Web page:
Using a community of practice to evaluate falls prevention activity in a residential aged care organisation: a clinical audit.
Australian Health Review, 41 (1), 13-18.
Objective This study evaluates whether a community of practice (CoP) could conduct a falls prevention clinical audit and identify gaps in falls prevention practice requiring action.
Methods Cross-sectional falls prevention clinical audits were conducted in 13 residential aged care (RAC) sites of a not-for-profit organisation providing care to a total of 779 residents. The audits were led by an operationalised CoP assisted by site clinical staff. A CoP is a group of people with a shared interest who get together to innovate for change. The CoP was made up of self-nominated staff representing all RAC sites and comprised of staff from various disciplines with a shared interest in falls prevention.
Results All 13 (100%) sites completed the audit. CoP conduct of the audit met identified criteria for an effective clinical audit. The priorities for improvement were identified as increasing the proportion of residents receiving vitamin D supplementation (mean 41.5%, s.d. 23.7) and development of mandatory falls prevention education for staff and a falls prevention policy, as neither was in place at any site. CoP actions undertaken included a letter to visiting GPs requesting support for vitamin D prescription, surveys of care staff and residents to inform falls education development, defining falls and writing a falls prevention policy.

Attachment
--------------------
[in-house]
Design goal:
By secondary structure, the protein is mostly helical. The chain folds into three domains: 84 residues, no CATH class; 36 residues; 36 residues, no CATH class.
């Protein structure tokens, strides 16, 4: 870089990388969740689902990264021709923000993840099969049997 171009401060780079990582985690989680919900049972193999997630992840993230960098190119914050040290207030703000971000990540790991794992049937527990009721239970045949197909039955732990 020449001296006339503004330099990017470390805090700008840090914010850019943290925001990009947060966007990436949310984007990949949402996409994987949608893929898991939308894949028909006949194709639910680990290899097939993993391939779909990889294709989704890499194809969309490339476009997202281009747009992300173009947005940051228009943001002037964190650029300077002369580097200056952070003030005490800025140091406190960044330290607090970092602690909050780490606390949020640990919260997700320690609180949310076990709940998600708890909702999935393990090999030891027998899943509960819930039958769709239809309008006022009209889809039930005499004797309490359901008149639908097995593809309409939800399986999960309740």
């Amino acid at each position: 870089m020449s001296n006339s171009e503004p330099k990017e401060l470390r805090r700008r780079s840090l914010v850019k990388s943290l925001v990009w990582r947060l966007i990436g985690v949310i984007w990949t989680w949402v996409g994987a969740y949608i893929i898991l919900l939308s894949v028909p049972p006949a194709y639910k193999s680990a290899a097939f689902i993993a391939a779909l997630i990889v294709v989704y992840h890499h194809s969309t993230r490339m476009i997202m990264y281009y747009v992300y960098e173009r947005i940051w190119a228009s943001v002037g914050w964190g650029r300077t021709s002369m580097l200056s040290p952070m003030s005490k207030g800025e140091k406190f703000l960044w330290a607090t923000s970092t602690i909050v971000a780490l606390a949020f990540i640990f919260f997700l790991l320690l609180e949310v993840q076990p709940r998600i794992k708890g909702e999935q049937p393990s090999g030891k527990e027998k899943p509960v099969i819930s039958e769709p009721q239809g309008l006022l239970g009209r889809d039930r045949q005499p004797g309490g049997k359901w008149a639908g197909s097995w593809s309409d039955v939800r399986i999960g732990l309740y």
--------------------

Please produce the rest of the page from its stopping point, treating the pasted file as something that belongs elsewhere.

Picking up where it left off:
Conclusion A CoP was able to effectively conduct an evidence-based falls prevention activity audit and identify gaps in practice. CoP members were well positioned, as site staff, to overcome barriers and facilitate action in falls prevention practice.
clinical audit, falls prevention, residential aged care, Western Australia